This Economist blog puts an everyday French reality into perspective for those new to advertising in this country. As I work in PR, I think the strategy here is easy to remember catch phrases combined with a desire by companies to speak this generation’s social language. It makes sense, but it is sometimes hard on the ears for those accustomed to the beauty and poetic nature of traditional French. I know franglais (a mix of English and French) certainly is being more accepted but still irks and even irritates staunch supporters of la langue française.
Sep 22nd 2010, 15:33 by S.P. | PARIS
SPOTTED this morning on an advertising hoarding in the Paris metro: the most extravagant mix of phoneticised French and franglais I have yet come across. It was an ad for Keljob (quel job), a recruitment agency, promising “le speed recrutement” and “des ateliers coaching” (atelier meaning workshop in French).
The number of French firms using phonetic spelling is proliferating. Alongside Keljob there is Kiloutou (qui loue tout, or who rents everything), a machinery-rental company, or Kelcoo (quel cout, or what price), a price-comparison internet service. Then there is Meetic (mythique) an online dating site, Sajoo (ça joue, or it’s playing), a web gambling site, and Amagiz (à ma guise, in my own way), an insurer. The phonetic shorthand of text-messaging in French—kdo for cadeau (present) and so forth—has certainly helped to overturn the traditional rules of the language, particularly for companies whose brand is all about upending conventions.
The intrusion of franglais into French advertising also continues apace. Examples that spring to mind include Livret BforBank, Crédit Agricole’s new online private bank, or Freebox, the digital television decoder from Free, a French telecoms firm. Many companies simply splash a slogan in English on their ads, and then translate it in small print on the bottom as is required by French law.
What makes Keljob’s ad stand out is the brazen mix of all of the above. The French have a body whose job it is to defend the purity of the French language. Article 24 of the statutes of the Académie Française state that “The principal function of the Académie is to work, with all possible care and diligence, to give clear rules to our language and to render it pure, eloquent and capable of treating arts and science.” While the académiciens toil away, the creatives of the French advertising world seem to be busy throwing out their rules with abandon.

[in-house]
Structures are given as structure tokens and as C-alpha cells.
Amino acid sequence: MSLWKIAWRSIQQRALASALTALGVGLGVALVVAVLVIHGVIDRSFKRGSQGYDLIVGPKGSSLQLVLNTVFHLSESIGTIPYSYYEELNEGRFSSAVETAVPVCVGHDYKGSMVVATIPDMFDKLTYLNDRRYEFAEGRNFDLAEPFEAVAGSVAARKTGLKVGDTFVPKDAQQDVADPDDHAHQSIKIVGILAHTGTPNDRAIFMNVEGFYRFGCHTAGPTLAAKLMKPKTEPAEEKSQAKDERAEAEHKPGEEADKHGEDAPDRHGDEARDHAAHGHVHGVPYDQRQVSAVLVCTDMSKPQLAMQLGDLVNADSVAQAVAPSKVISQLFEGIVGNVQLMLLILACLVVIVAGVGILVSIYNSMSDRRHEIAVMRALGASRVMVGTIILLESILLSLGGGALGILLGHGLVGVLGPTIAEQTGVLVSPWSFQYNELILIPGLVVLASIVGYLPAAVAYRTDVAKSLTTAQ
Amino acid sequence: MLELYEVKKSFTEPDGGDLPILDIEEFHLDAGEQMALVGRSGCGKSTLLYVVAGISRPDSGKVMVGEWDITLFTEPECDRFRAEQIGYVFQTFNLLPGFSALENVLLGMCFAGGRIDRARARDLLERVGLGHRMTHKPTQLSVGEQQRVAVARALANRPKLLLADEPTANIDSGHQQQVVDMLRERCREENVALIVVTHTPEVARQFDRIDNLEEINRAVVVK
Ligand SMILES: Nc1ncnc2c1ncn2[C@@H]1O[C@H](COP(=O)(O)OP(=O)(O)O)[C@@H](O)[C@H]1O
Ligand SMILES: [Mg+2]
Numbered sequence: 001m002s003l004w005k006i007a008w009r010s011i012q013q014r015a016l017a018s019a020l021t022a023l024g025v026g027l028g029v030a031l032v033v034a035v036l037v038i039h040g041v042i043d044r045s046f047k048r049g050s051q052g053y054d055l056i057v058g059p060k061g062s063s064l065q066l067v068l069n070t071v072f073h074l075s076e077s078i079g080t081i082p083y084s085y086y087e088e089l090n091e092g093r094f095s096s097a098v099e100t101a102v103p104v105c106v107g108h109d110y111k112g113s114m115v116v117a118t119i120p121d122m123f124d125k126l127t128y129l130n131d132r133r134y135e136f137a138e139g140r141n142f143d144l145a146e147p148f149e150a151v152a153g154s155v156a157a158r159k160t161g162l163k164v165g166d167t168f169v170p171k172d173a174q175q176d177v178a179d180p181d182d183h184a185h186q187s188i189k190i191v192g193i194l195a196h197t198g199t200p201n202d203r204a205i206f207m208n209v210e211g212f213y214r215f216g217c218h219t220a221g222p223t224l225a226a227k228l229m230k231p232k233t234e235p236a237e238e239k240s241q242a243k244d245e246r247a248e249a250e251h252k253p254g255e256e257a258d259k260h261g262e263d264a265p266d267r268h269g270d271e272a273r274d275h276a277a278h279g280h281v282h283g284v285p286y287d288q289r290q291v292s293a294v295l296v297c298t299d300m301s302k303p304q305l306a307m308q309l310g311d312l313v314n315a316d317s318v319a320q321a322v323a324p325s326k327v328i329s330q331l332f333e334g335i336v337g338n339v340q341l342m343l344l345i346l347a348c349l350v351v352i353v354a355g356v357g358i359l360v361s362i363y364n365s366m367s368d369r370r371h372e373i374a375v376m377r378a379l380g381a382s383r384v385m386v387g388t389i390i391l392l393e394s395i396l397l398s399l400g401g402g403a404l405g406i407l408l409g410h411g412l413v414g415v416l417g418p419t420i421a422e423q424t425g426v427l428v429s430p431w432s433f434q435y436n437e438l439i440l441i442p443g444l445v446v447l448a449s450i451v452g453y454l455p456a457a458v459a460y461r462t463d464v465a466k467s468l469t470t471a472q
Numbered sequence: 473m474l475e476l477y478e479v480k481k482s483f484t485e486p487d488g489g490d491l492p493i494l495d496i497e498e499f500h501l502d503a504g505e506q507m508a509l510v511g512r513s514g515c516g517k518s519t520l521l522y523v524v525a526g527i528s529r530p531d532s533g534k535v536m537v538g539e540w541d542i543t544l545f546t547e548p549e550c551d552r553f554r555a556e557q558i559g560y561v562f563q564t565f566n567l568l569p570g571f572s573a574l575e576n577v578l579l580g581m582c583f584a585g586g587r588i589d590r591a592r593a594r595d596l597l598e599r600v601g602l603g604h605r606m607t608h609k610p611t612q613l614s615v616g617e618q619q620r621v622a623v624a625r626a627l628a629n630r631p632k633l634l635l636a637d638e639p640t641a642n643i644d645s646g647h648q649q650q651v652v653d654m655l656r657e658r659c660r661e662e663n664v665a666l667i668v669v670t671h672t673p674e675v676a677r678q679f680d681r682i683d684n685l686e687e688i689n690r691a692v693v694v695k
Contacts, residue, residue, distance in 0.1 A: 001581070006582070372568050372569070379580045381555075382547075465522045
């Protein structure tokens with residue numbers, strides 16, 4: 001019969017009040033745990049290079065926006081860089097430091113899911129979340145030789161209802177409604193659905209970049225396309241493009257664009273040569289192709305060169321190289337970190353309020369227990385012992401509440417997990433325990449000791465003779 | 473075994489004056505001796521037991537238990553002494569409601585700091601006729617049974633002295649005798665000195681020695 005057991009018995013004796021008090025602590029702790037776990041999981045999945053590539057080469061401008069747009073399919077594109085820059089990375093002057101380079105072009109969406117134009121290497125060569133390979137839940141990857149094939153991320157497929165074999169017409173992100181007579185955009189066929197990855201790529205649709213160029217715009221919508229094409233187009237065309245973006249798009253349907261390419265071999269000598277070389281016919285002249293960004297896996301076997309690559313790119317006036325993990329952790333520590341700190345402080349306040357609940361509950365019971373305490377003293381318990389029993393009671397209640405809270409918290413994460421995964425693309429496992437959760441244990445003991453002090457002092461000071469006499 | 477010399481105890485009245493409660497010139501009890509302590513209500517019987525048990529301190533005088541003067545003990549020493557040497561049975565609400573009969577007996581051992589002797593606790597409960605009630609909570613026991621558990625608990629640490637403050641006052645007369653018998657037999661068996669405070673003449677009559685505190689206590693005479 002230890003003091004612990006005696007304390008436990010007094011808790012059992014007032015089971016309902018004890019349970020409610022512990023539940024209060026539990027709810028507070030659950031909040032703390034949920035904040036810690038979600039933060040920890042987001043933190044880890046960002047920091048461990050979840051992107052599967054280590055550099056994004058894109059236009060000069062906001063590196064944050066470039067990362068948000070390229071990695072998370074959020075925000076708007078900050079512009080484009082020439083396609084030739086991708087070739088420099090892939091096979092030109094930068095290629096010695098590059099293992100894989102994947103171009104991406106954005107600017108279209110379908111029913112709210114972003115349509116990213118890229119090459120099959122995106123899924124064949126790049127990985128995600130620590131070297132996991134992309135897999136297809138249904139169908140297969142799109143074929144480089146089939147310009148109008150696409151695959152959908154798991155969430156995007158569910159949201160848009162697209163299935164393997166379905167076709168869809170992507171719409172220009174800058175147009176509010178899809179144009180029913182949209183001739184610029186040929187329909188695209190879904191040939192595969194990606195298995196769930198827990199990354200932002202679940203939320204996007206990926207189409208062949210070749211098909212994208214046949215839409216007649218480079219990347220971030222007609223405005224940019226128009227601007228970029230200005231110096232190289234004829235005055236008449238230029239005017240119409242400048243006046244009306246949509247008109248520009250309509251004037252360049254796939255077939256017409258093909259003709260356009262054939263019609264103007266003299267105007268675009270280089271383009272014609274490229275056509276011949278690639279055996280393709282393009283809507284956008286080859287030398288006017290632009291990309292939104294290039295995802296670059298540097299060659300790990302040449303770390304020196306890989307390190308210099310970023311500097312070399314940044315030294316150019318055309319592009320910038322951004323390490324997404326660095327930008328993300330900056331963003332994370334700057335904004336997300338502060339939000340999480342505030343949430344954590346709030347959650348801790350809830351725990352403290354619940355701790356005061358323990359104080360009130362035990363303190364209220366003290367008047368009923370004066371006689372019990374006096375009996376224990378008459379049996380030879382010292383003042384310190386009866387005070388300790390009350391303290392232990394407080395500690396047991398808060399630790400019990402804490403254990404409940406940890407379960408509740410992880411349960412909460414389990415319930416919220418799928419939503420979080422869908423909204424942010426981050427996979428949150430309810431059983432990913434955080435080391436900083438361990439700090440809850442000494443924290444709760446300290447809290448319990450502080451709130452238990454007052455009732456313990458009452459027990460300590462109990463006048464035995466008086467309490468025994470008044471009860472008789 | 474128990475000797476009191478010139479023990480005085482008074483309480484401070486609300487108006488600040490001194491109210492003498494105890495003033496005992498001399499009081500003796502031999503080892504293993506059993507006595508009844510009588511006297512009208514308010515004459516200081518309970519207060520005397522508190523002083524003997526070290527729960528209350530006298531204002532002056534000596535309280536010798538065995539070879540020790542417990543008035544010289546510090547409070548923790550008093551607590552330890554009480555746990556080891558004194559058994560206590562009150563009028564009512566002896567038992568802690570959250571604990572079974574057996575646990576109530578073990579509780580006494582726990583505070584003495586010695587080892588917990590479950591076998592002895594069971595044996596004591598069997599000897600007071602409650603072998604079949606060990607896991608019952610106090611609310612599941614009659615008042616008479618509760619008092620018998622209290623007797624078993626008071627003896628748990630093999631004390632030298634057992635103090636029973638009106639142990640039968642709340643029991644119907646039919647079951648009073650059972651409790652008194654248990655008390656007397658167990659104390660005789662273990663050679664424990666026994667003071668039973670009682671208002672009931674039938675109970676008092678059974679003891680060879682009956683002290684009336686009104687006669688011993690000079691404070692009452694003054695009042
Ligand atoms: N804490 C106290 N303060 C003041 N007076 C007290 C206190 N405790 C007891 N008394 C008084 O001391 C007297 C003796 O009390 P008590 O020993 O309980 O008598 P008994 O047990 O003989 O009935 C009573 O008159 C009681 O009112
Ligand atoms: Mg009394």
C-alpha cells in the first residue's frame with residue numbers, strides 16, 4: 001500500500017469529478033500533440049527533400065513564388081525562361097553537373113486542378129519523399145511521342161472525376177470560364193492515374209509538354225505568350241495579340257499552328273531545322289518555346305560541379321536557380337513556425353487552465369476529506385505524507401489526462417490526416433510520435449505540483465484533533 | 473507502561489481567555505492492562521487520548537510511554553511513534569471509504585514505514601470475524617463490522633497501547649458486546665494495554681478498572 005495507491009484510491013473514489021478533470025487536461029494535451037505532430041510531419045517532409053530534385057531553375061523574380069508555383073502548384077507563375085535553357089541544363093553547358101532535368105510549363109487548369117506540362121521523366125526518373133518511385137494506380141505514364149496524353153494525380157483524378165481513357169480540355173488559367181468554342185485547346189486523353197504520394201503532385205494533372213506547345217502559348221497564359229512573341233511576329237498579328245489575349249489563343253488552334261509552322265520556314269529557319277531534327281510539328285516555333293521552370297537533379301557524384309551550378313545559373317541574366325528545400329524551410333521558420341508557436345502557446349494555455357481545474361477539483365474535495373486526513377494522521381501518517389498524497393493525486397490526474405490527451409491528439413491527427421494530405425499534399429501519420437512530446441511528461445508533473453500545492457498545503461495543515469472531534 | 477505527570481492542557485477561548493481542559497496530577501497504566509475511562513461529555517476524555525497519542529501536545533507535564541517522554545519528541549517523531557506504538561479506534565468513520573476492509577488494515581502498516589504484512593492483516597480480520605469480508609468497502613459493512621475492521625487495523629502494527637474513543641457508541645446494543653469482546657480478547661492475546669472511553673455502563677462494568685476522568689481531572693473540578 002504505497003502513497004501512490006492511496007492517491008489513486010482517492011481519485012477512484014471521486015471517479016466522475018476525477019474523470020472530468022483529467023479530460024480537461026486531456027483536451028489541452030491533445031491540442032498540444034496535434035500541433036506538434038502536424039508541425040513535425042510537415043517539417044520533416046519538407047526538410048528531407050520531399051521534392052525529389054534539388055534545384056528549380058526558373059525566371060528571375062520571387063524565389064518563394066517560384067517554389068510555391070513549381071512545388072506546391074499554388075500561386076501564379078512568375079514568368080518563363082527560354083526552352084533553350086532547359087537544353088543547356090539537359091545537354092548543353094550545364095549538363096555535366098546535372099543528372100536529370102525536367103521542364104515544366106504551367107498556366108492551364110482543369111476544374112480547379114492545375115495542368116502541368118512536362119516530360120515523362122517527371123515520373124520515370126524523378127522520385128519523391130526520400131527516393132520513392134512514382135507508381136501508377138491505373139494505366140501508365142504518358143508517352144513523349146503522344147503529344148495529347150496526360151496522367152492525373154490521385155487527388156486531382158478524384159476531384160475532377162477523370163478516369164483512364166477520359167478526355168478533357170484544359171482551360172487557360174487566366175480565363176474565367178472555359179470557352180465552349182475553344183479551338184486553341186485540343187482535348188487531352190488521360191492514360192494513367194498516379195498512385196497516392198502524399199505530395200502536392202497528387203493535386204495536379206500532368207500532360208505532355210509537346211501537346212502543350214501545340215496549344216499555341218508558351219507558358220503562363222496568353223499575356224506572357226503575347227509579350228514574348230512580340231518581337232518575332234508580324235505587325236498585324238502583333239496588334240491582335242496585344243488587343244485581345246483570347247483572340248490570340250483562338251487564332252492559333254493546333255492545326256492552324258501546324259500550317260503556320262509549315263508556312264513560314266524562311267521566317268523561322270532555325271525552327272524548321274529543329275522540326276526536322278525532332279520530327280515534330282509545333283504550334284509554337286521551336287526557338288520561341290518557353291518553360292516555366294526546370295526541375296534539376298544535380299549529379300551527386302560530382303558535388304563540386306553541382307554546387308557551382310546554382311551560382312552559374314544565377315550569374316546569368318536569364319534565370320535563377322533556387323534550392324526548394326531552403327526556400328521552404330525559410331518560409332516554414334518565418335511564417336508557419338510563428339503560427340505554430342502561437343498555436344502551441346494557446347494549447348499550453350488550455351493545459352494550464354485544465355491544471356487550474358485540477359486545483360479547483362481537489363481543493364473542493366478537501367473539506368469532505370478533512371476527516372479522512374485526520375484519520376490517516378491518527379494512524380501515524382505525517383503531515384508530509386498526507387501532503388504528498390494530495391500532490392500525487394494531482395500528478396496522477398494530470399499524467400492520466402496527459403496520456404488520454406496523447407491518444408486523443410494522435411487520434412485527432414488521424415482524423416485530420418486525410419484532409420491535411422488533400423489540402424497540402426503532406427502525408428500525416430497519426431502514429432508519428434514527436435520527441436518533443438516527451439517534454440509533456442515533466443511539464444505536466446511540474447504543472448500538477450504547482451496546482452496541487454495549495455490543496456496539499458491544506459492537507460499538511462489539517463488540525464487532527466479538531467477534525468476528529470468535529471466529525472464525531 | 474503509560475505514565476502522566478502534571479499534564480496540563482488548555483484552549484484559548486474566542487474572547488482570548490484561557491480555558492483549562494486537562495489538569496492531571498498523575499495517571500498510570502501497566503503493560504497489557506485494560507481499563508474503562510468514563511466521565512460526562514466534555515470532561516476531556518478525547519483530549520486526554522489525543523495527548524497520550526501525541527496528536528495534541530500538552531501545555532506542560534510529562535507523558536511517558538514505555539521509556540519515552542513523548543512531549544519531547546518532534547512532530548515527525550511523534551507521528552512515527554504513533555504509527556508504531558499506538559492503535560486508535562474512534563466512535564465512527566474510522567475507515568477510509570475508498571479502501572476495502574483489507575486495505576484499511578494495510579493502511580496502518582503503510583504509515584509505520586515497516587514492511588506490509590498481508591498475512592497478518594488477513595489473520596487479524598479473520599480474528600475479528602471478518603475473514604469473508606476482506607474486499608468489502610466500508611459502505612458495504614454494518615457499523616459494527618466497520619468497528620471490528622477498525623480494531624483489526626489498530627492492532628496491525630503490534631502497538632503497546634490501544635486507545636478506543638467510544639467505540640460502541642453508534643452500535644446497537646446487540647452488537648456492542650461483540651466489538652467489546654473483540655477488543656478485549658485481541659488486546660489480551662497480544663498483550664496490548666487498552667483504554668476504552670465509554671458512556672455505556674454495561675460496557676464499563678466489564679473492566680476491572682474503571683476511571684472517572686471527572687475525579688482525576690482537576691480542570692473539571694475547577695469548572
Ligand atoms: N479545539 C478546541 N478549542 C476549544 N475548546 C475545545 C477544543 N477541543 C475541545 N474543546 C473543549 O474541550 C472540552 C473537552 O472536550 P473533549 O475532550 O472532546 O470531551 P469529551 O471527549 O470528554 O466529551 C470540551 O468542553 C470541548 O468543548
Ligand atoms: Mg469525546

In this month’s My American Market‘s newsletter, I interview a veteran expat, John Fonseca, on his advice for getting American TV programs in France. Very informative, indeed. Merci, John!
You can download this month’s edition on the MyAM website
Or here as a file I saved for download. My article is on pages 6-7, but good reading can be had throughout the issue.
Well, after the Sep 7 strikes, the unions have called for another day of protests in order to get the government to cede some more territory in the reform on pensions and retirement. But Sarkozy has vowed to not budge on the key issue – raising the age from 60 to 62 for retirement and from 65 to 67 for full pension access. As Labor Minister Eric Woerth was quoted by Reuters:
“We haven’t changed. We are very firm on the core of the reform, which is (the retirement) age.”